Canadian medical lab says new messaging system just what the doctor ordered

Greater messaging reliability and valuable time savings are crucial benefits BC Biomedical Laboratories Ltd. (BCBL) experienced since its move to a new e-mail messaging system based on Microsoft Exchange Server.

Time spent on administering the system by as much as 30 per cent, said an organization spokesperson.

Canada’s largest physician owned lab, BC Biomedical is located in Surrey, B.C., and employs more than 650 personnel.

The lab conducts around 430 different kinds of medical tests for some 1.5 million patients annually.

Two years ago, it migrated from an IBM-based communication system to Microsoft Exchange Server 2003, and Microsoft Office Outlook 2003 messaging client.

Since then, the lab has upgraded to Exchange Server 2007.

The previous e-mail system – based on Lotus Notes and Domino tools from IBM – wasn’t meeting the lab’s collaboration needs.

For instance, the earlier system, didn’t offer basic XML transaction functionality and handheld device communications capabilities, said Nick Szirth, CIO at BCBL.

He said compatibility issues interfered with exchange of e-mail messages between PDAs and e-mail clients.

“The bottom line is there was no guarantee any PDA or scheduling system would work with our system.”

Until the Exchange Server deployment, Szirth himself had problems connecting to the BCBL system with his mobile device, an HP iPAQ 2790, which sat in his drawer unused for a long time.

The laboratory, which maintains 45 patient centres throughout the Lower Mainland area of B.C., frequently interacts with physicians and their patients through e-mails.

This process required strong XML functionality for lab results to be delivered quickly and securely.

The mix of custom and standard applications in the Lotus and Domino system, made for cumbersome communication, said Szirth.

“It was very difficult to get some applications to receive messages and then transfer them to physicians, who needed to be alerted about lab results in a timely fashion.”

The use of PDAs is pervasive among health practitioners but BCBL’s old system was having trouble communicating with these devices, said Philip De Connick, manager at Compugen Inc., the technology advisor that helped enhance the laboratory’s e-mail system.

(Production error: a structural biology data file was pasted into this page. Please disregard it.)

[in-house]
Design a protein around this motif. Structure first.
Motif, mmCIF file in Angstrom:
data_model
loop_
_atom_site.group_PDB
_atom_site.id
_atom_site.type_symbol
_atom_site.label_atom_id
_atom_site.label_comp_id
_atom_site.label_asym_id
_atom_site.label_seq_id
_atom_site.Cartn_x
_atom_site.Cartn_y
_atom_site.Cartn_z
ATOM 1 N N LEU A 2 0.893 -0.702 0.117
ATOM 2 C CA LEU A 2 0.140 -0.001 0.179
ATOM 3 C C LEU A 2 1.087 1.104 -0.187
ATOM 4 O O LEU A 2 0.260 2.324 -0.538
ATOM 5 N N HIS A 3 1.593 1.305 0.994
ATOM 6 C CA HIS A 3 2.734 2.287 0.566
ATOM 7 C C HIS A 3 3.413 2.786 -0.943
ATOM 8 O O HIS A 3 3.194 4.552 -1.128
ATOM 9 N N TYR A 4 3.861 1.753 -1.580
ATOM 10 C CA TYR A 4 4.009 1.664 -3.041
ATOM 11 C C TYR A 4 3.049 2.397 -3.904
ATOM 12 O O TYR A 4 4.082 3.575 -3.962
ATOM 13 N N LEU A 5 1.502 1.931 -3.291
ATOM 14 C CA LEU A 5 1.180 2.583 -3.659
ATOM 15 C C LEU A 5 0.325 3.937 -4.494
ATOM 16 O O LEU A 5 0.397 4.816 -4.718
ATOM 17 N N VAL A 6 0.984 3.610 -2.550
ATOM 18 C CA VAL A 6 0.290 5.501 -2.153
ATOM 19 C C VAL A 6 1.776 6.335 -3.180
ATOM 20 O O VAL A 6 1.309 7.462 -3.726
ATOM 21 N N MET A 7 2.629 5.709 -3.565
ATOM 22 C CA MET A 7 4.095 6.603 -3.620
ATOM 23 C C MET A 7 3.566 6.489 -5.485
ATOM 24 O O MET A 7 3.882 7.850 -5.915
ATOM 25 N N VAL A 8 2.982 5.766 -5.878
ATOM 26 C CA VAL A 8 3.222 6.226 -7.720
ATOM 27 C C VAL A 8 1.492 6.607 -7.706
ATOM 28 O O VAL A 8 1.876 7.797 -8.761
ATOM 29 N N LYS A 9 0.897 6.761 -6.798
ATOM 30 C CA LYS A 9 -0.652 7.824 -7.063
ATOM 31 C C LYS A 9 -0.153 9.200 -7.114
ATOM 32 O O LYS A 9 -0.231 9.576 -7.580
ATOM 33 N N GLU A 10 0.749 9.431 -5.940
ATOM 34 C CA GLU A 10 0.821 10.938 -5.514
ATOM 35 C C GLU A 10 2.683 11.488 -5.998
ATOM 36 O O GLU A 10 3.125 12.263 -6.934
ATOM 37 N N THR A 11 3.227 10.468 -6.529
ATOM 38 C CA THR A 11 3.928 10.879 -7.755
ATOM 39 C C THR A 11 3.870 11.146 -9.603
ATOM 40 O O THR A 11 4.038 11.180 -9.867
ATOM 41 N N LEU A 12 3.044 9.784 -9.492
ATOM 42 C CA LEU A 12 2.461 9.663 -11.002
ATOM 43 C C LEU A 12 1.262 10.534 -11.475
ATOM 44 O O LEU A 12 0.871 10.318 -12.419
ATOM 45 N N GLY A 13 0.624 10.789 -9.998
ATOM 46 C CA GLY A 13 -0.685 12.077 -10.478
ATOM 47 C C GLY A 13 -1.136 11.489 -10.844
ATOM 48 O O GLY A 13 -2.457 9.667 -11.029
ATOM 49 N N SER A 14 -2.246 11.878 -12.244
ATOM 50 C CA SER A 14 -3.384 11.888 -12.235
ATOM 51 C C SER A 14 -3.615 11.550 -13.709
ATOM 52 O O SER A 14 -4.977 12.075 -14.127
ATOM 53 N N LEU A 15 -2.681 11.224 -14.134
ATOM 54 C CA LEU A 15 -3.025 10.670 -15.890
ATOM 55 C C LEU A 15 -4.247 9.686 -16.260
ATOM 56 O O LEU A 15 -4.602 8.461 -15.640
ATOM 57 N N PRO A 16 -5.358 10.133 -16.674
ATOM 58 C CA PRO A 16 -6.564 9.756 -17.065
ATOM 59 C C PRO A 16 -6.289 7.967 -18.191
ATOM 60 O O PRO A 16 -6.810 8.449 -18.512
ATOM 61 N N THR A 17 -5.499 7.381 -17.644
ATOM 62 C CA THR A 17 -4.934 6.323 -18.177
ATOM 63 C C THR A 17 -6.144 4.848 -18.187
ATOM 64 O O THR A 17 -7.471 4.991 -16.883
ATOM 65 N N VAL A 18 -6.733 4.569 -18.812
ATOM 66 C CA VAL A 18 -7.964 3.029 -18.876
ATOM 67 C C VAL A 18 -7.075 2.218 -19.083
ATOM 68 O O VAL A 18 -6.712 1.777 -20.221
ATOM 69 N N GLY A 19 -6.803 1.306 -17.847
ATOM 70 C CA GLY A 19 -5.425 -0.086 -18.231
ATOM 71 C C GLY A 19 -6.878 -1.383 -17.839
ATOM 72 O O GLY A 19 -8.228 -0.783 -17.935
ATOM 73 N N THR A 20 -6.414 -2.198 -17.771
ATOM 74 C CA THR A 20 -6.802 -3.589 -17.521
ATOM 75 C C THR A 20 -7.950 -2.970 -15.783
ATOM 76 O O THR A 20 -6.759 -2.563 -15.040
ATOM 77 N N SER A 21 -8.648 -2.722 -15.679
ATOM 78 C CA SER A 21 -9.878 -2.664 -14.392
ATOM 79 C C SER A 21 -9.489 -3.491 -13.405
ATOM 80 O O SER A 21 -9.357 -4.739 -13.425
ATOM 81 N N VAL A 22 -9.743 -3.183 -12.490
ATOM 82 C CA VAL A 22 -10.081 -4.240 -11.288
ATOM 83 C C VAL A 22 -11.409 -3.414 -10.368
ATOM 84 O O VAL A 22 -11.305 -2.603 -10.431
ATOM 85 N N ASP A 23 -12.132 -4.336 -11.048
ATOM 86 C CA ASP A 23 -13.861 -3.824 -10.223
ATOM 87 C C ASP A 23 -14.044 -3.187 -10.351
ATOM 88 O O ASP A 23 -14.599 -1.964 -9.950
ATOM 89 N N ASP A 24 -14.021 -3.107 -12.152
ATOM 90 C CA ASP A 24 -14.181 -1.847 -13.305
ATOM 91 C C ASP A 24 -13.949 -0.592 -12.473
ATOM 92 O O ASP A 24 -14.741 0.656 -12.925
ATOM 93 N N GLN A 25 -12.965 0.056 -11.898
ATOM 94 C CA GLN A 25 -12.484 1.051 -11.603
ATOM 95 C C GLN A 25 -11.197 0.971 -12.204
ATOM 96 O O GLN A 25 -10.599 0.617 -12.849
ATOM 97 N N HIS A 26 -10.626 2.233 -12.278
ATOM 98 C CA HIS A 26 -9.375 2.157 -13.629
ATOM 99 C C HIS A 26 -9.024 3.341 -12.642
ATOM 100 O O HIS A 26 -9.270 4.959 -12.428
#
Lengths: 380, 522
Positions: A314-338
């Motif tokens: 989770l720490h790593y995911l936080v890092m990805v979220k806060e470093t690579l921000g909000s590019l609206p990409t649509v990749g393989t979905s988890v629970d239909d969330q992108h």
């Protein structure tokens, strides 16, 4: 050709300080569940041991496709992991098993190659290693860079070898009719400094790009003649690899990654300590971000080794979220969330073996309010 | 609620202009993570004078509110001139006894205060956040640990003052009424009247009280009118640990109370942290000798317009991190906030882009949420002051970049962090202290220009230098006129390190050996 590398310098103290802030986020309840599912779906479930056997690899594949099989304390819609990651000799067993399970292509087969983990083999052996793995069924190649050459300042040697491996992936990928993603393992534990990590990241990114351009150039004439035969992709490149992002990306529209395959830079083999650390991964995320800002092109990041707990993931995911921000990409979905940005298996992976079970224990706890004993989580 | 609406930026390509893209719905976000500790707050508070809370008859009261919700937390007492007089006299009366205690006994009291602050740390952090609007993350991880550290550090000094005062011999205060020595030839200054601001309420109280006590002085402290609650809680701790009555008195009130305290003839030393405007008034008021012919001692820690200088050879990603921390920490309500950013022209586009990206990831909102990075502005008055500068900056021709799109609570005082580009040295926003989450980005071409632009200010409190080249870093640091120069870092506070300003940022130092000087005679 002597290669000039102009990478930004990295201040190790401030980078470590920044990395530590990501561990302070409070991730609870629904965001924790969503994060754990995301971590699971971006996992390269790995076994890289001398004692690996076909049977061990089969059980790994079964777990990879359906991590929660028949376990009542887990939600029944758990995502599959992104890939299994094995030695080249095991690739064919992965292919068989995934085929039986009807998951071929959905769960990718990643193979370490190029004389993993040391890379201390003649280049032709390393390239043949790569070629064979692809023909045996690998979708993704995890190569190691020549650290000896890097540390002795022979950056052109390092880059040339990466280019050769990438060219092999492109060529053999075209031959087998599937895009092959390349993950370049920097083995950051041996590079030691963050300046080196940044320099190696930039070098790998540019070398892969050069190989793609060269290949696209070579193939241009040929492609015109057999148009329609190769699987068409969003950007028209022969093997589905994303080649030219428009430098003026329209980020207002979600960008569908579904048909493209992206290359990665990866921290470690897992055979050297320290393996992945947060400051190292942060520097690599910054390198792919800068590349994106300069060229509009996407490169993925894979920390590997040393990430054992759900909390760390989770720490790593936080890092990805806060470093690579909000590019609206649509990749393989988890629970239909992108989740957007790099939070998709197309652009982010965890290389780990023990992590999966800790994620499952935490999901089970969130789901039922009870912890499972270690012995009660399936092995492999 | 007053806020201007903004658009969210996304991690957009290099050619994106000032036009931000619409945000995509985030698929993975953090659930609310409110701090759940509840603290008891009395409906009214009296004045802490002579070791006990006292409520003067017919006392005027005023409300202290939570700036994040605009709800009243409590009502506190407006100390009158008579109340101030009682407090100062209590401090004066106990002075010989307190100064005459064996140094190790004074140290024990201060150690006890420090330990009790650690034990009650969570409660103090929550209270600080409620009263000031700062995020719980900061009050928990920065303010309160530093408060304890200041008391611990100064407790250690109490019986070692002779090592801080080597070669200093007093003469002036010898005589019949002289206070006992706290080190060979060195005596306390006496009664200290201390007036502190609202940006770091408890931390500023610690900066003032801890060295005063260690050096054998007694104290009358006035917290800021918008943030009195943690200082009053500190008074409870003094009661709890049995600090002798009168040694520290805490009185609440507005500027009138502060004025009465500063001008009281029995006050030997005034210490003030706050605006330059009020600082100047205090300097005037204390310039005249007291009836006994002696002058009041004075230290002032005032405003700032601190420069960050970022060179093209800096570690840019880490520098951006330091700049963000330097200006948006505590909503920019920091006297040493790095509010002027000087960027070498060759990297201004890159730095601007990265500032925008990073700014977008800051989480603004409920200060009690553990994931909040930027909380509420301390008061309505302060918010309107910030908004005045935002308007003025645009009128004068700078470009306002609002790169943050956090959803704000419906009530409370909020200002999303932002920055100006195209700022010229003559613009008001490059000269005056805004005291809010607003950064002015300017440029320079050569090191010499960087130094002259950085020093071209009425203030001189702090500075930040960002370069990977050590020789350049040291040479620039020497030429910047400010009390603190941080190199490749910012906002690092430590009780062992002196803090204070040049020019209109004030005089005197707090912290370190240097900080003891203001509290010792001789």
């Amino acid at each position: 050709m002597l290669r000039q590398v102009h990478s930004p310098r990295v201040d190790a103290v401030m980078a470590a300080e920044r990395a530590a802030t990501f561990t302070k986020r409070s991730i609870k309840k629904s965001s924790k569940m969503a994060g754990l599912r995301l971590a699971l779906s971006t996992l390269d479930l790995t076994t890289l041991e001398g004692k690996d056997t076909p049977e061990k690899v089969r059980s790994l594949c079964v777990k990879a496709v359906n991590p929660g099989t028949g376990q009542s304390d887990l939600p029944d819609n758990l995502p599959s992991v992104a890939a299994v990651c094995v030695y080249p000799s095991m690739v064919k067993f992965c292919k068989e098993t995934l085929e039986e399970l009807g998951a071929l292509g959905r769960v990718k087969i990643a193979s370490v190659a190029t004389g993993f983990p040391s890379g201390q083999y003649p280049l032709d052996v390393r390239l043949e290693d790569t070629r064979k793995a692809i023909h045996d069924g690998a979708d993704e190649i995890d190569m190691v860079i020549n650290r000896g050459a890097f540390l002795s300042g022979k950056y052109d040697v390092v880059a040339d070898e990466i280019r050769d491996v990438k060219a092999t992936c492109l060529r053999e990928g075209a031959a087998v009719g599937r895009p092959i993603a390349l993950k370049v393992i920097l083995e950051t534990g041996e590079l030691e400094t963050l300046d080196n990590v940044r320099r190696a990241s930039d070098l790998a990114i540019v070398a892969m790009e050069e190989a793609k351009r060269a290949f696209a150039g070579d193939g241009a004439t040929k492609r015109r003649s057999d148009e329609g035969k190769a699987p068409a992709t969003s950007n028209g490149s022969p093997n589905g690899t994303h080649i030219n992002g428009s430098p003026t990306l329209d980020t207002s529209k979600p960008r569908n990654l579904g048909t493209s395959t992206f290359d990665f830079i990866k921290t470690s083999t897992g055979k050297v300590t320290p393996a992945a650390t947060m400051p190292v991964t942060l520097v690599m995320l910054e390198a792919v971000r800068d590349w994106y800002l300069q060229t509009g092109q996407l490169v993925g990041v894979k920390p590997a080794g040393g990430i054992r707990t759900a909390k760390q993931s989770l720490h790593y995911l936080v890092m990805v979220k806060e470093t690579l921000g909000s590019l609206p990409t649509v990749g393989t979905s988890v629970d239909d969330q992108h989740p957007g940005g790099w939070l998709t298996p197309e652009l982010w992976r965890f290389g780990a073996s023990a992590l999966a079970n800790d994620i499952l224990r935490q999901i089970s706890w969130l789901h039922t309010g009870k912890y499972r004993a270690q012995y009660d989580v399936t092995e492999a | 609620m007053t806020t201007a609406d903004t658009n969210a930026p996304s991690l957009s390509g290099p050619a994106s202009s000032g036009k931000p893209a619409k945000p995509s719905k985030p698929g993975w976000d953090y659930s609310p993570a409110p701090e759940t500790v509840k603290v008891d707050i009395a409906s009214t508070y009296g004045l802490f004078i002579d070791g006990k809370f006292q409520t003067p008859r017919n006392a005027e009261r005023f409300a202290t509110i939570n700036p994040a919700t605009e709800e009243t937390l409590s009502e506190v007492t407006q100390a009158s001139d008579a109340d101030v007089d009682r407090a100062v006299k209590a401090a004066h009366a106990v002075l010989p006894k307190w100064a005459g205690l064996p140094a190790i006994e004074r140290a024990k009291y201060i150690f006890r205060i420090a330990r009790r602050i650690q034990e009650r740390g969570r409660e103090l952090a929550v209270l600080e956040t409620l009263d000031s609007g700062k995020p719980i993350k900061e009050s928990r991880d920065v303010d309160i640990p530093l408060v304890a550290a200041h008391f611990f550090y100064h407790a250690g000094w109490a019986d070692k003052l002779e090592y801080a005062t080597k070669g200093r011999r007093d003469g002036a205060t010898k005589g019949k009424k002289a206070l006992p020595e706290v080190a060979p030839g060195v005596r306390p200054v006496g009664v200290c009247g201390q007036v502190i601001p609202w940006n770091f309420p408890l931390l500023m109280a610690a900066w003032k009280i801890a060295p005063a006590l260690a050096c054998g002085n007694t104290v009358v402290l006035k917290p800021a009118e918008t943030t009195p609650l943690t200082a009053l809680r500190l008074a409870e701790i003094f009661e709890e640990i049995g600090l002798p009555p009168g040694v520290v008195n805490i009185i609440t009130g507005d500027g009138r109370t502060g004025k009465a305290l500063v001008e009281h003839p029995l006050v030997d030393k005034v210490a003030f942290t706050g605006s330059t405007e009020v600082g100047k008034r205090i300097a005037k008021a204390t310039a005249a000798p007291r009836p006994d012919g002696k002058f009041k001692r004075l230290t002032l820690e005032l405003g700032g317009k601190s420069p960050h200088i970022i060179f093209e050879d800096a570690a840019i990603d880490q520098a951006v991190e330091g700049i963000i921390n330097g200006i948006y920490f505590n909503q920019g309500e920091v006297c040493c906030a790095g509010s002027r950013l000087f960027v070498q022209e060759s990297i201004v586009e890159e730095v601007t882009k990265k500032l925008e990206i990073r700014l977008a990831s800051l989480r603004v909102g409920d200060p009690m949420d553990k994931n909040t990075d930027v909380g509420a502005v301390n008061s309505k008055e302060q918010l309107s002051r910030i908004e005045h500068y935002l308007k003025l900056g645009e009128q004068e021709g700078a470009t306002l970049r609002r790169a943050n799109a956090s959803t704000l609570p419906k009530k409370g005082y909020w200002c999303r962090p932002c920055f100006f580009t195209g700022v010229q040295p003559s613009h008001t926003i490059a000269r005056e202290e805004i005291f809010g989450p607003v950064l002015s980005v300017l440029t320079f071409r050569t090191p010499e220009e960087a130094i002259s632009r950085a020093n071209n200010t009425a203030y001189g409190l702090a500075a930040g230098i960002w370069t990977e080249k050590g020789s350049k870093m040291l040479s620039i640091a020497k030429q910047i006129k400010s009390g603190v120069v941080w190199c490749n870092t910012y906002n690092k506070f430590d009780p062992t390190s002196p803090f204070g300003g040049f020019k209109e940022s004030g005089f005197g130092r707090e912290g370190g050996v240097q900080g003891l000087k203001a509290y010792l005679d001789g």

Exchange Server integrated collaborative messaging features such as scheduling, contact and task management capabilities.

The product also supported mobile devices such as pocket PCs and smart phones and enabled doctors to synchronize their Inboxes, calendars, contacts and tasks list so that they could check appointments or important information, De Connick said.

He said integration between Lotus Notes and BCBL’s PDAs and other calendar scheduling devices did not exist prior to the migration.

Once in place, the new system’s interoperability with BCBL’s tools commenced allowing doctors and patients to send and receive time-sensitive data quickly and reducing wait time for lab results.

Staff familiarity with the Outlook interface also meant that minimal training was required.

“Our personnel know the environment so well. Outlook works just as you would expect all Windows applications to work,” said Szirth.

Simpler user interface and system manageability cut down associated labour costs. “We achieved time savings of up to 30 per cent for people administering the system.”

Between themselves Microsoft and IBM shared the greater portion of the e-mail server market, but interface features of Lotus Notes “stagnated” causing users to turn to Exchange Server’s more familiar interface, said one technology analyst.

However, while Microsoft Exchange Server might enjoy a larger share of the e-mail server market, Lotus Notes has made improvements to its offerings in recent years, according to Vince Londini, research analyst for Info-Tech Research Group in London, Ont.

“Exchange Server has taken the lead and is the de facto industry standard, but Lotus Notes is not dead yet.”

E-mail and calendar management are the strong suits of Exchange Server and Outlook but the most recent version of Lotus Notes and Domino incorporate features that make the system equal if not better than the Microsoft offerings, said Londini.

For instance, he said, Lotus Notes now has a full suite of e-mail applications and has greater flexibility to enable unified communication and connection to workplace social networking sites such as corporate Facebook.

The IBM product also allows creation of widgets supporting instant messaging and a has mash-up of functions for creating dashboards that streamline e-mail registry management and speed up file sharing.

A large advantage of Exchange Server, though, is the system’s ability to leverage its inherent interoperability with the large pool of Microsoft offerings. “For most users this large eco-system means more choice,” said Londini.

Organizations considering a switch over to Exchange Server should evaluate their network needs and the prevalence of Microsoft applications in their network, he said.

“If you have enough Microsoft synergies, Exchange Server could be for you. But if e-mail and fire sharing is your only concern, Lotus Notes and Domino is a compelling choice.”

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